Given that this is a debate which has threaded its way through much of E2, I think it is then valid for me to post a writeup in the form of a reply.

I will now speak for all of those nodeshellers and softlinkers out there: simply put, I don't think any one of them (or shall I say, us) would mean to imply that there is no use in thinking. But tell me, after reading the thousandth vitriolic screed against, oh, say, organized religion, which consists of nothing more than a shortsighted rant on the brainwashing tactics of the Church, that those nodeshellers don't have a point.

Everyone is entitled to their own ideas. However, you are not entitled to waste my time and nodegel with some piece which, by nature of its unoriginality, adds nothing to the argument.

I don't need you to tell me that the Church brainwashes people (to continue the above example, lest I offend too great a section of the userbase). What I'd love is if you would offer an articulate, well-written piece which actually presents arguments that I have not heard, and thus might make me actually think. If this weren't a prerequisite for a good argument, E2 would be saturated with redundant crap, every thought that someone pursues for more than 3 seconds spewed into the gel.

And no one wants that.

Of course, it goes without saying that if you have a radical idea which hasn't occurred to anyone else, we, the Association of Nodeshellers and Softlinkers, would love to hear it.

wharfinger adds:

Crux accurately reflects our view. If it's already in the database, don't waste our time. Nobody cares about what's "important to you".

This is not negotiable.

I couldn't - personally - agree more with what ansate writes. Gloating about some variation of the phrase in question is not only naive and arrogant, it's also just plain stupid. It tells more about the cynicism and pessimism (or, alternatively, the ignorance and indifference) of the person stating the phrase than it does of the person to whom it's being said.

It's just one way of saying "I'm bitter and cynical and I don't care, why the fuck should you?"

Also, what the people using that phrase generally don't seem to realize (or are just consciously ignoring) is that the idea of all ideas already having occurred to others has also already occurred to other, equally cynical, people centuries ago. So, triumphantly stating that phrase like as if you had just come up with something new and clever is like shooting yourself in the foot.

Furthermore, so what if some scientist, poet or philosopher had already come up with an idea 100, 1000 or, 3000 years ago, that you came up with right now? Ideas aren't inherited, they don't transfer to children in genes and make their lives better. No, those children will have to gain an understanding of their own and, in that, some long-dead philosopher's profound ideas or incredibly deep understanding of the world, humans or life will have no effect. I'm not saying people couldn't learn from other people's ideas, no. What I'm saying is that reading those ideas does not equal understanding them - that has to come from inside yourself - the book or the long-dead philosopher can't do it for you. Thus, it's critically important to come up with ideas, in order to grow, develop and mature.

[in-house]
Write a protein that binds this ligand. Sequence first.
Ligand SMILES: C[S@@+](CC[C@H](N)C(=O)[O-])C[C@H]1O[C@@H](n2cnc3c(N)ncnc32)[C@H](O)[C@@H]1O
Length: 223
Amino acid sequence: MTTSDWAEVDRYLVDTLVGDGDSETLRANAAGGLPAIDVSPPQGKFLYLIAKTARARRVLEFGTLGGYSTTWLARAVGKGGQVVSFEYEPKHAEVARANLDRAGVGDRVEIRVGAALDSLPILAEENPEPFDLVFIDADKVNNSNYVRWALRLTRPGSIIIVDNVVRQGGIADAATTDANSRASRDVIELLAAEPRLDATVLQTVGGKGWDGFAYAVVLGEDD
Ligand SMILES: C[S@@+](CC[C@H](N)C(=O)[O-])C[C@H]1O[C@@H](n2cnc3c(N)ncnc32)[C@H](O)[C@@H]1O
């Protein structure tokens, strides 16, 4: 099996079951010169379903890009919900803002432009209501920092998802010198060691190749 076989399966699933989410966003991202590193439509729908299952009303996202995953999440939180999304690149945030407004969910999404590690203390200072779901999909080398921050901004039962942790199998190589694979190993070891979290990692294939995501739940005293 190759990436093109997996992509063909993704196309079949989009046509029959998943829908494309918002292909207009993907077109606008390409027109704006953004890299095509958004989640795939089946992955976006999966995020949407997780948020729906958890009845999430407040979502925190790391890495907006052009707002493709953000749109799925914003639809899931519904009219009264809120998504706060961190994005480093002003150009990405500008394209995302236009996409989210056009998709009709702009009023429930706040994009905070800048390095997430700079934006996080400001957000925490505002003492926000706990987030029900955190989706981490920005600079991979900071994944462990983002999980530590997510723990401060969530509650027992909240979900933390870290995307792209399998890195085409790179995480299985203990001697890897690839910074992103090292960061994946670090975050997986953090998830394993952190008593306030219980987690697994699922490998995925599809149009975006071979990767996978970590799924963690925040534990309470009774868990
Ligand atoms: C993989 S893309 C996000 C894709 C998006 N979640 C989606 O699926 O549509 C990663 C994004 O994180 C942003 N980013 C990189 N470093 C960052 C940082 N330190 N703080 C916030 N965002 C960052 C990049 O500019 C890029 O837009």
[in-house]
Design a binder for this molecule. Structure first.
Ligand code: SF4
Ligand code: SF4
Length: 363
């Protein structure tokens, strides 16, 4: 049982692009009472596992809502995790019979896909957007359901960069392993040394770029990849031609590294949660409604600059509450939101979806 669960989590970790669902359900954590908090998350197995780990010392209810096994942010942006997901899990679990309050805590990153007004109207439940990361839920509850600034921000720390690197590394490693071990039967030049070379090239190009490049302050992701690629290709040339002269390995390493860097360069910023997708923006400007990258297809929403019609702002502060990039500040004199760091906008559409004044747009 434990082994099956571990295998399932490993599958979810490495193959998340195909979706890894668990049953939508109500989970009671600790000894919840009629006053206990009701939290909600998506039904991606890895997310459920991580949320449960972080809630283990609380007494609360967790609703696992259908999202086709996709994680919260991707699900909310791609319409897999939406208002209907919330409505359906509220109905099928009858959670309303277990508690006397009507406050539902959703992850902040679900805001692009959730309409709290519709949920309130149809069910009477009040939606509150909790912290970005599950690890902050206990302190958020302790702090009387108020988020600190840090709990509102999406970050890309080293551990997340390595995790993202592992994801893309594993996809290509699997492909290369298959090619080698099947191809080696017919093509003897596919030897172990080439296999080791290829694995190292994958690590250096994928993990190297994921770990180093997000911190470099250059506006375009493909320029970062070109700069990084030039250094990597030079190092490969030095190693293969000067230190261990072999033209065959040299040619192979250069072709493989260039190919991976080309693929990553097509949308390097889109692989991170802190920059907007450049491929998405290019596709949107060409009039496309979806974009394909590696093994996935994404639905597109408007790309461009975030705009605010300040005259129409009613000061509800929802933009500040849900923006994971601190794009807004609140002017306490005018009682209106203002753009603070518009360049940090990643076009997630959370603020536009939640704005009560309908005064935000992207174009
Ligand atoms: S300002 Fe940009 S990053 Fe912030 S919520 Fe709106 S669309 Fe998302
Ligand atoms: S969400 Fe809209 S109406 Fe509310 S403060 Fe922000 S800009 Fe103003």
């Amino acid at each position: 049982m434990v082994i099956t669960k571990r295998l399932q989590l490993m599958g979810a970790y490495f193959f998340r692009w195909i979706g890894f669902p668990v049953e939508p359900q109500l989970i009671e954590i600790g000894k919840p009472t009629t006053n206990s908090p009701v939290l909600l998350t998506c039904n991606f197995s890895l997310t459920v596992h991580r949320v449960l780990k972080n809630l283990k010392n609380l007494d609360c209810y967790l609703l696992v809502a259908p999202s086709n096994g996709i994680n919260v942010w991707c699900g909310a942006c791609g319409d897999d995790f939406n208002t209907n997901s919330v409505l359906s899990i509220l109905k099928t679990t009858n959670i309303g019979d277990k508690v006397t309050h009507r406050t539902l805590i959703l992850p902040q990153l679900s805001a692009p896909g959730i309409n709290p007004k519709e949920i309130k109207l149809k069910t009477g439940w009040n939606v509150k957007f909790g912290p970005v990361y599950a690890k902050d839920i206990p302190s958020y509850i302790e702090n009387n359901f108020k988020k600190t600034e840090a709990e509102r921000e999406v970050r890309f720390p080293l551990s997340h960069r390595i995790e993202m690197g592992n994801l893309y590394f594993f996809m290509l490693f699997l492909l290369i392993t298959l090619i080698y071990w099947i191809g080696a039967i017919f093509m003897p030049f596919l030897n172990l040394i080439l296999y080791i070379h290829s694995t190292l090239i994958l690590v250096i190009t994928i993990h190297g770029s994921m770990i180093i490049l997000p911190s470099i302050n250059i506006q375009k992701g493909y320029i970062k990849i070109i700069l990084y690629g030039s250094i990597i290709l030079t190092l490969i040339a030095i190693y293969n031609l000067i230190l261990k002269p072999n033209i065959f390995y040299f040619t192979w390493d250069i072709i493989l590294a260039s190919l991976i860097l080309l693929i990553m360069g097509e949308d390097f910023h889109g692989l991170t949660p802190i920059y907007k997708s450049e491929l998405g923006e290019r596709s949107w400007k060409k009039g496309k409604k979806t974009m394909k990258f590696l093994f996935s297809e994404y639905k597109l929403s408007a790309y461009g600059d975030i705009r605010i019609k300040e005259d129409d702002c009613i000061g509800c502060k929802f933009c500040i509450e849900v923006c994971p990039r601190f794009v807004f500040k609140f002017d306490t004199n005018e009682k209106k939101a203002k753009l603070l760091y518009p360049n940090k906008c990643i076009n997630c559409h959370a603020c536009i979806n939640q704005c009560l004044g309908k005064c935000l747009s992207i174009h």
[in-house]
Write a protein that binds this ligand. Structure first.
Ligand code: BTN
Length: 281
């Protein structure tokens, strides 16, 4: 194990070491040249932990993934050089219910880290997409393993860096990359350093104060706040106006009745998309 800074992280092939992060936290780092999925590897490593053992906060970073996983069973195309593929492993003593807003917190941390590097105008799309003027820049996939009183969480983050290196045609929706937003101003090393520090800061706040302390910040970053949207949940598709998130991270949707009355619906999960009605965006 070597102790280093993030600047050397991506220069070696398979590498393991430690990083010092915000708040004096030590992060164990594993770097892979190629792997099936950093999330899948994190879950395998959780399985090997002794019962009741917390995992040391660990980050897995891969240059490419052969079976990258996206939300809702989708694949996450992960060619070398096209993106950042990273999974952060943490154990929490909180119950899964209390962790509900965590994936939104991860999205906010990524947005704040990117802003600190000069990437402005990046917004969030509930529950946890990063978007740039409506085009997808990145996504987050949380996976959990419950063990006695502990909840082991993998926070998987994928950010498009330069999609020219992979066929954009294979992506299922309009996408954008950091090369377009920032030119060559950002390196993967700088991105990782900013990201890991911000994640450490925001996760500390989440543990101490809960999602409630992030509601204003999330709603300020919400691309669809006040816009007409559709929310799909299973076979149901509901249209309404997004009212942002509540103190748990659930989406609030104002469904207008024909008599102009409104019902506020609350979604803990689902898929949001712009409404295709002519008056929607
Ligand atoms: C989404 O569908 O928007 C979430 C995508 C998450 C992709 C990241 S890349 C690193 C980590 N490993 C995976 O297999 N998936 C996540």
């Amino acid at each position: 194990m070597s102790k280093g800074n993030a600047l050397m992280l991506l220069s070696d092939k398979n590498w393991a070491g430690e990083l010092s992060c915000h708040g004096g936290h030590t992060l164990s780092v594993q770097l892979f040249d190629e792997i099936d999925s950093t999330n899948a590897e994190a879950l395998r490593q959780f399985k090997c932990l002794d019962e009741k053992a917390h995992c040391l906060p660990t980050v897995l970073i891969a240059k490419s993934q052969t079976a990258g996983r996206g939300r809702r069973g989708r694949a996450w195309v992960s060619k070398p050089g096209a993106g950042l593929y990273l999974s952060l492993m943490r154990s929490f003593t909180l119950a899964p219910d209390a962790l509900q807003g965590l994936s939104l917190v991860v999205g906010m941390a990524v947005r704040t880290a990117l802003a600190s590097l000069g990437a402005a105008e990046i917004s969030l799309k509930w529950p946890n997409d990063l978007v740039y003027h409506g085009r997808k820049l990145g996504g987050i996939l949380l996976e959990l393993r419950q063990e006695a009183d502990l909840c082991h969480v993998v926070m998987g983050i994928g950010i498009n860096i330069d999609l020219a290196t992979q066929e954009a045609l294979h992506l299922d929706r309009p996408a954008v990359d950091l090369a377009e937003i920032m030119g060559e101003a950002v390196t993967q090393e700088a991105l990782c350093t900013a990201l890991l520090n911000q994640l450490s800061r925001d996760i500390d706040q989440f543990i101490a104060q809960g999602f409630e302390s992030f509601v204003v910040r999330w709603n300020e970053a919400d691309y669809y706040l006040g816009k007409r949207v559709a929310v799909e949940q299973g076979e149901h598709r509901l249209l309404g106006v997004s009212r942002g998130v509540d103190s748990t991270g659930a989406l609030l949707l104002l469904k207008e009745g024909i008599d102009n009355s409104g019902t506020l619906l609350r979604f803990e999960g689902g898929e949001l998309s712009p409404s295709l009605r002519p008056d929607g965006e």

Cynicism is a poison to the mind.
Cynicism is an illness that feeds itself if not paid attention to and cured.
Cynicism equals stagnation in personal development.

Actually, cynicism in itself is just plain stupid or - to be more fair towards cynical people - it is a character flaw (caused by the inability to handle feelings related to disappointments and/or frustrations in a sensible way) that can be remedied. Simply because it can - for example - be created by the person's inability and/or unwillingness to either a) learn from one's own mistakes, b) accept the fact that sometimes you will get disappointed or, c) realize that while some of your dreams will never come true, some will - if you make them to. One of the characteristic features (acquired through personal observation) of a cynical person is the tendency to wallow in the tragedy of the dreams lost or wrongs done so strongly the person entirely forgets about - or is simply too afraid to pursuit - the dreams (s)he still might be able to make come true or, the goods (s)he has done or, the lessons (s)he could learn from what (s)he did wrong, in order to avoid repeating them.

Instead of learning and becoming a stronger person through admitting one's own weaknesses as a human being, people who are prone to cynicism simply refuse to admit the mistakes they have made as a part of being who they are; a human being - a mortal creature that does make errors every now and then, and build psychological defensive walls around the whole unpleasant issues instead - as if they had to be ashamed of being human, of making mistakes, to protect their character from getting hurt or being exposed as what it is. Once you gather enough skeletons in your closets and walls around yourself to defend there can't be much room or time for joy or other people (or even yourself) as you are "too damn busy" keeping your defenses up.

Ironically, by far the most common complaint I keep hearing from people is that they don't have enough time.

I rest my case.

As a comment to what Crux wrote: such writeups can always be moved under the correct category, or simply deleted.

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